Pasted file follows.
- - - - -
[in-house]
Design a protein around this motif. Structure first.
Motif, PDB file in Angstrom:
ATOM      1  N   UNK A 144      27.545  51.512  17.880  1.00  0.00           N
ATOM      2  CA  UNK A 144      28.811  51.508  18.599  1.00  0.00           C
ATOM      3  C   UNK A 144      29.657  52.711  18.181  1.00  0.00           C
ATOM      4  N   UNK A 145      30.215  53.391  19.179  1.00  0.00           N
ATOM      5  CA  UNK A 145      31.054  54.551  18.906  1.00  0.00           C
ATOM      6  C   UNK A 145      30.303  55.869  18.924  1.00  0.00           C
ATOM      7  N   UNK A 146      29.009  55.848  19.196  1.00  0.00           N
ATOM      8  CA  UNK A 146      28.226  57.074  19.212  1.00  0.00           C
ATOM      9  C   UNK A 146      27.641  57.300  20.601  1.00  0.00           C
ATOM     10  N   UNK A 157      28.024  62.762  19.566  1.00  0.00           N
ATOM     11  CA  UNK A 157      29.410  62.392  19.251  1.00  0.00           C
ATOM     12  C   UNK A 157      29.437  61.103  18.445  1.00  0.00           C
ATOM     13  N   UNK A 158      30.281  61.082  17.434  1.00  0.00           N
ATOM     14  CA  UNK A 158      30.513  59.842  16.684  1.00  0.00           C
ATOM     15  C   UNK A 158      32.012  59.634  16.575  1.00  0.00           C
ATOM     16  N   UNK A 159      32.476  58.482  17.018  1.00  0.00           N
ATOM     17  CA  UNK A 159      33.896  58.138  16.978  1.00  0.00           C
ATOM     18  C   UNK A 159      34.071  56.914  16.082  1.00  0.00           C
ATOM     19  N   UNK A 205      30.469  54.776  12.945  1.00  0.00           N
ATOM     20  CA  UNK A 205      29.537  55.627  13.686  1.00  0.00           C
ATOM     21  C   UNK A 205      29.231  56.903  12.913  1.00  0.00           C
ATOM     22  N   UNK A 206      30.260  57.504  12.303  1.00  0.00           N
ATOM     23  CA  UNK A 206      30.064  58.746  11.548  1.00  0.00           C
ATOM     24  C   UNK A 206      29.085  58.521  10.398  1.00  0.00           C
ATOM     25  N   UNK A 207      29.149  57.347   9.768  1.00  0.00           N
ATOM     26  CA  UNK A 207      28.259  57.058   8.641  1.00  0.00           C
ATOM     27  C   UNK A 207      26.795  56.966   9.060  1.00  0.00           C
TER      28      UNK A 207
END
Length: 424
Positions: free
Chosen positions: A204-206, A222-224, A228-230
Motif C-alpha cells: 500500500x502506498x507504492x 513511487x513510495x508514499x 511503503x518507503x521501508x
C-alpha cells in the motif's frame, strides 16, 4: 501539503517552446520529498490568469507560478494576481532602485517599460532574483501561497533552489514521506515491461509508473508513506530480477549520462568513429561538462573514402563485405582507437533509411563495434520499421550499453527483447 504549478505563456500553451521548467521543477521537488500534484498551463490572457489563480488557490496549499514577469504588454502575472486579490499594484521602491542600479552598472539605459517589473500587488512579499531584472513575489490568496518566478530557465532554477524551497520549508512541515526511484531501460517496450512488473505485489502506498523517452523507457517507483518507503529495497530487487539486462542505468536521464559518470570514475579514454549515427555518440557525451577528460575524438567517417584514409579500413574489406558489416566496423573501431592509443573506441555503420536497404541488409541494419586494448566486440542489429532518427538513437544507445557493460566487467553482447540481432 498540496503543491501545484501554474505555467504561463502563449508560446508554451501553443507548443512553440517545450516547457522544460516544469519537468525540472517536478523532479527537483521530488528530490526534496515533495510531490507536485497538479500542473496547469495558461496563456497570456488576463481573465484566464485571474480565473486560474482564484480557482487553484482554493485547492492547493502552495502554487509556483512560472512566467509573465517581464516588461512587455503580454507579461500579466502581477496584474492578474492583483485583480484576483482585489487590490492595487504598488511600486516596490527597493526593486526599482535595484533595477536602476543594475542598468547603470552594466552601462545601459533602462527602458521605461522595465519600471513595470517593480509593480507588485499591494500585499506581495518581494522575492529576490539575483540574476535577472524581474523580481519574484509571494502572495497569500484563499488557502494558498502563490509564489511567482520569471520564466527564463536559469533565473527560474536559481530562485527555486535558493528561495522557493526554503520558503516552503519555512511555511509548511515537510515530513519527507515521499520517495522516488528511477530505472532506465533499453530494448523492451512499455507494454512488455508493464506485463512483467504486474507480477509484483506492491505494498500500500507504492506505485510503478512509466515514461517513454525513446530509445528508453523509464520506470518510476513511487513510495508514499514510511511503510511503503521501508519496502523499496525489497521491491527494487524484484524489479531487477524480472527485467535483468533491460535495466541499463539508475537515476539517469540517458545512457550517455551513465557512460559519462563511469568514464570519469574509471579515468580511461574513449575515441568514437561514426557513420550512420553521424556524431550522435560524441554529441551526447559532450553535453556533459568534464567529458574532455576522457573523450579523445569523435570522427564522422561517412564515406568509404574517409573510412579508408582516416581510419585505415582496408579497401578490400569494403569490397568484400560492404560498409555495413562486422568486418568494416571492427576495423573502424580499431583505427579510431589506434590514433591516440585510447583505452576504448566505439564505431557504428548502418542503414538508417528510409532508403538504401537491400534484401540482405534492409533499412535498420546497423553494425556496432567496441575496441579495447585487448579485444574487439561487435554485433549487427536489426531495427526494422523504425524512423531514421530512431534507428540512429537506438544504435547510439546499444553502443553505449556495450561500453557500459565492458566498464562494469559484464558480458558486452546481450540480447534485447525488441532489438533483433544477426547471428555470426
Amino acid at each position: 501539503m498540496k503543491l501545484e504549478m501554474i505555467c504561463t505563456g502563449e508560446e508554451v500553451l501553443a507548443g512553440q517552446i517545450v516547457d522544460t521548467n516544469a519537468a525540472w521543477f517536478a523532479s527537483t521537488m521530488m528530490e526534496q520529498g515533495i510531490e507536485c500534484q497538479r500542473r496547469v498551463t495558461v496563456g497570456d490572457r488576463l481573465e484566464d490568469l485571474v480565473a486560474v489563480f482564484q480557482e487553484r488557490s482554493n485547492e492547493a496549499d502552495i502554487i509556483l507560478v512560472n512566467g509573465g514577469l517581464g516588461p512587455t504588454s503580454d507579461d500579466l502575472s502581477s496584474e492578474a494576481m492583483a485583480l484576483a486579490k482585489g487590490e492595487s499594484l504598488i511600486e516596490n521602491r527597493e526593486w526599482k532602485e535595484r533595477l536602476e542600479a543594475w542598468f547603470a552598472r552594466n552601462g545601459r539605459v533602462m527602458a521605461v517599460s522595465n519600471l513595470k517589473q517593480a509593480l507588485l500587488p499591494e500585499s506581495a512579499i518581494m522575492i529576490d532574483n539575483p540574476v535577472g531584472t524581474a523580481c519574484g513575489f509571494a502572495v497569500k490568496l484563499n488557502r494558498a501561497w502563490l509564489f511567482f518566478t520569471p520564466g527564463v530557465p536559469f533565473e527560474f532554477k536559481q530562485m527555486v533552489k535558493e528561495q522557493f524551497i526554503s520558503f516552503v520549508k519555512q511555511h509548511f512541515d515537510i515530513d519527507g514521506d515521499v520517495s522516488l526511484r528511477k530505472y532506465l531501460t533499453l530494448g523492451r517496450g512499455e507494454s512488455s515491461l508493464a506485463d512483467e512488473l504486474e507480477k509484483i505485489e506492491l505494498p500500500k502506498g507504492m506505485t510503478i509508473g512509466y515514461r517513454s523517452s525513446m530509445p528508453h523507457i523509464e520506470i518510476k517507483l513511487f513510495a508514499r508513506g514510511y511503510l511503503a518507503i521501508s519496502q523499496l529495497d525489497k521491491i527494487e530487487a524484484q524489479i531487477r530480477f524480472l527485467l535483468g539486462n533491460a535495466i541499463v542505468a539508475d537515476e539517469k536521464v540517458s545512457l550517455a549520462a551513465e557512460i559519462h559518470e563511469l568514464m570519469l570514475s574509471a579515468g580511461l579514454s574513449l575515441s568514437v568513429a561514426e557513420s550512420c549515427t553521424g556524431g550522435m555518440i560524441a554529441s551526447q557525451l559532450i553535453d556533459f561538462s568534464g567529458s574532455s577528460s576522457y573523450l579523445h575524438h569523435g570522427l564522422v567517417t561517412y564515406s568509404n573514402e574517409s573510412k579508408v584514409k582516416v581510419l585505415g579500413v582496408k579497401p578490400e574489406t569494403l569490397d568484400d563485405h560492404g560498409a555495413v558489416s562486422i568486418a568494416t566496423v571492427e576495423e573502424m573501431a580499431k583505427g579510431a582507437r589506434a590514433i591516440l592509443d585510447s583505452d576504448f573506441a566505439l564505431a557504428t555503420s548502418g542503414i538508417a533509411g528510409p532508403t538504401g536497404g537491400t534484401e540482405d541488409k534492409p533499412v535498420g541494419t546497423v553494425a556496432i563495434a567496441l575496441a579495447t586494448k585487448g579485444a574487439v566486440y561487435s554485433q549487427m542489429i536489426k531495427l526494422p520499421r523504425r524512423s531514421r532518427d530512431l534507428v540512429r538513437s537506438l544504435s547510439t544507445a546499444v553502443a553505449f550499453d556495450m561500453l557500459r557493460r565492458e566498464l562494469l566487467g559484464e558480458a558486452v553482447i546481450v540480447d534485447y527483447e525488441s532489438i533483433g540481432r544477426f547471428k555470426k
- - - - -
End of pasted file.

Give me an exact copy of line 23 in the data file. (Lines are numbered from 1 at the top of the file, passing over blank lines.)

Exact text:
ATOM     20  CA  UNK A 205      29.537  55.627  13.686  1.00  0.00           C